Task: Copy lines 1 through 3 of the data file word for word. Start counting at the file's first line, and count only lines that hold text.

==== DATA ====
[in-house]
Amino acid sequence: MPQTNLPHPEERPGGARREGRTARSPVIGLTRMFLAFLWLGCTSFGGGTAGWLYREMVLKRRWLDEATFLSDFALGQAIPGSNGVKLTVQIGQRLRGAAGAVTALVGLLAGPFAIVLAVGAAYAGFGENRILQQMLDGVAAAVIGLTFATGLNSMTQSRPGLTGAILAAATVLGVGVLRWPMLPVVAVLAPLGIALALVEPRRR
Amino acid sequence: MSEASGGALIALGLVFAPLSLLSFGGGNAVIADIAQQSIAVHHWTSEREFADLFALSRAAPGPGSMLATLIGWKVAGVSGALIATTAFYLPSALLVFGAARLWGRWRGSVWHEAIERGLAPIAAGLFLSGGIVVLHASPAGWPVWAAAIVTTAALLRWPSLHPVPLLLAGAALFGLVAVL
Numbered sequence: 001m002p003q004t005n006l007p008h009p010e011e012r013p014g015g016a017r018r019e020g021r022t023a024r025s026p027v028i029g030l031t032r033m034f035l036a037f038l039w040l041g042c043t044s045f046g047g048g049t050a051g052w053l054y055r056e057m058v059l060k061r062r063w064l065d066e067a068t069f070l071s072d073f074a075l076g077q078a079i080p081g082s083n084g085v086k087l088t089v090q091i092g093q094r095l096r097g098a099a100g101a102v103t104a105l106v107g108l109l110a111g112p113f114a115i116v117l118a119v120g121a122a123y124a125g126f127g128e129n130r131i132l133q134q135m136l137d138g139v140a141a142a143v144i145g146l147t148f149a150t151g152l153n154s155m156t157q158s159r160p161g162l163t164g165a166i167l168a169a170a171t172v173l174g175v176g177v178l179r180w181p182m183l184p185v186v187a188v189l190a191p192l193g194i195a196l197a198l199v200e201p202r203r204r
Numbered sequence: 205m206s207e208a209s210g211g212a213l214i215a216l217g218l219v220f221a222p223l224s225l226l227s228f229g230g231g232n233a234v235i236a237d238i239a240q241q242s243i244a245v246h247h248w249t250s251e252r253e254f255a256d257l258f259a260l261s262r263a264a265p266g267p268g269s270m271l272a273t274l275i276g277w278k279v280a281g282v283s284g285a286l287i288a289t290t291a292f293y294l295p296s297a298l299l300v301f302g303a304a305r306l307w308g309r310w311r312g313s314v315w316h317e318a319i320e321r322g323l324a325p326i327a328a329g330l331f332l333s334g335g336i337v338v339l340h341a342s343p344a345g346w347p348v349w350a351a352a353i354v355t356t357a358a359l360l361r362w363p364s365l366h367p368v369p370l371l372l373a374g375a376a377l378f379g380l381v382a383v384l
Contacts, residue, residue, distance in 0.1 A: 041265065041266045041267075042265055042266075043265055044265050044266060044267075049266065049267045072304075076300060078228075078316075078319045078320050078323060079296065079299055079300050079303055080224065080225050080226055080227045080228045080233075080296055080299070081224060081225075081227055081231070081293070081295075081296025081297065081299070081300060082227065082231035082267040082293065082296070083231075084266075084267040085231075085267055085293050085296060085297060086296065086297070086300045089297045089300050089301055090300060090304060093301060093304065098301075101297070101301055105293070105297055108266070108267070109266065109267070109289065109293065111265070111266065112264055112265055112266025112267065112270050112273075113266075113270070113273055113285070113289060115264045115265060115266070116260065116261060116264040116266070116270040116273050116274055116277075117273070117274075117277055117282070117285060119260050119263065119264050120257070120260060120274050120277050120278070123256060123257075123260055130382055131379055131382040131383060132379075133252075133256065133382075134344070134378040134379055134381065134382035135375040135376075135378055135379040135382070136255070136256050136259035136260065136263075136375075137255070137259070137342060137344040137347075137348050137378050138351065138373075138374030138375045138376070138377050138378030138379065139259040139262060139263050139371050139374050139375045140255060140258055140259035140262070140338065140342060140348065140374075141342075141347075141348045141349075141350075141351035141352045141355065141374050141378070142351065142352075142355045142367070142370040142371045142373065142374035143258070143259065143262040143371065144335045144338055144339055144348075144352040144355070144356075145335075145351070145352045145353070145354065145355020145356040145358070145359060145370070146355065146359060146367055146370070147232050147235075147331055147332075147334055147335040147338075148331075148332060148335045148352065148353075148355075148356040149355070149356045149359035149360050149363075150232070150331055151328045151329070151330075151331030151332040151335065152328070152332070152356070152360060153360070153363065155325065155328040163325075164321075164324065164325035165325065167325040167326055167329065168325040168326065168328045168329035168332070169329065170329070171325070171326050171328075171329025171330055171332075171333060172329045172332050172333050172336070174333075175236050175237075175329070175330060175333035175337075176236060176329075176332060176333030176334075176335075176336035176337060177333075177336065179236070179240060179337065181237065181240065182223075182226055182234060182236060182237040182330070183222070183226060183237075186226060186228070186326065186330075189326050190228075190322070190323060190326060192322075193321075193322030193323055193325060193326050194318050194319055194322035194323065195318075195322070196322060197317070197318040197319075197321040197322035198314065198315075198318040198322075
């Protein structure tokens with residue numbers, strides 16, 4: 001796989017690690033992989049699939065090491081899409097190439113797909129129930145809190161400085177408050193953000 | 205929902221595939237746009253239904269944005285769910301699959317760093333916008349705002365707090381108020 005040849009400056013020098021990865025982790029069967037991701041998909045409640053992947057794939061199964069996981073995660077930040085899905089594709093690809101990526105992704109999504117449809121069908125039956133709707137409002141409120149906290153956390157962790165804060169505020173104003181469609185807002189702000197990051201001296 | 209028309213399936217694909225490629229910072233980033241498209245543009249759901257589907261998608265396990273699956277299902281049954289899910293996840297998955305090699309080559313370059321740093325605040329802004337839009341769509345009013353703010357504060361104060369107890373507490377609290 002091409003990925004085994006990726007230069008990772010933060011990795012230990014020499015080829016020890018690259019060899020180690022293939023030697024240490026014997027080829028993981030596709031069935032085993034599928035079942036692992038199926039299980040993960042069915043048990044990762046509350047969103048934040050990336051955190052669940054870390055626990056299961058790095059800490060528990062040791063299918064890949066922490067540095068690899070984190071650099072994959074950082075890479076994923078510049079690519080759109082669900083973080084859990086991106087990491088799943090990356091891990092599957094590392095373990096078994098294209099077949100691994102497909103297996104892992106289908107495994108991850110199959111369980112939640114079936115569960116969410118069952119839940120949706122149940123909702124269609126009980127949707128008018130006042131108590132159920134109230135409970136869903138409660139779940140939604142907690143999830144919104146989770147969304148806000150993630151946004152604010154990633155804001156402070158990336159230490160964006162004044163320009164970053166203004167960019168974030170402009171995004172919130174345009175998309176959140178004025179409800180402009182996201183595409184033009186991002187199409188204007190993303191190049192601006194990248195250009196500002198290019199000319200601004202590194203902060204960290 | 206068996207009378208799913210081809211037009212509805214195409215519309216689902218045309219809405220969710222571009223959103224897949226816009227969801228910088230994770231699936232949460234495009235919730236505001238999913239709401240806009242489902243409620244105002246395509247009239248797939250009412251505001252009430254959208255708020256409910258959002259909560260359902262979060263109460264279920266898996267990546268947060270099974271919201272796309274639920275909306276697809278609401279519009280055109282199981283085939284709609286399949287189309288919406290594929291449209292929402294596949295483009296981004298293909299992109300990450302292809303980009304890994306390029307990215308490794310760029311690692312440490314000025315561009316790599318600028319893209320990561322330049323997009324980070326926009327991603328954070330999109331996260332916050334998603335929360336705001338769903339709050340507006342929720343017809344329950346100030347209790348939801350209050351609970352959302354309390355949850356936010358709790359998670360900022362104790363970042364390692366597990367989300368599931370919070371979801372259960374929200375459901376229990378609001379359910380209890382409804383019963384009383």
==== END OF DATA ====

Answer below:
[in-house]
Amino acid sequence: MPQTNLPHPEERPGGARREGRTARSPVIGLTRMFLAFLWLGCTSFGGGTAGWLYREMVLKRRWLDEATFLSDFALGQAIPGSNGVKLTVQIGQRLRGAAGAVTALVGLLAGPFAIVLAVGAAYAGFGENRILQQMLDGVAAAVIGLTFATGLNSMTQSRPGLTGAILAAATVLGVGVLRWPMLPVVAVLAPLGIALALVEPRRR
Amino acid sequence: MSEASGGALIALGLVFAPLSLLSFGGGNAVIADIAQQSIAVHHWTSEREFADLFALSRAAPGPGSMLATLIGWKVAGVSGALIATTAFYLPSALLVFGAARLWGRWRGSVWHEAIERGLAPIAAGLFLSGGIVVLHASPAGWPVWAAAIVTTAALLRWPSLHPVPLLLAGAALFGLVAVL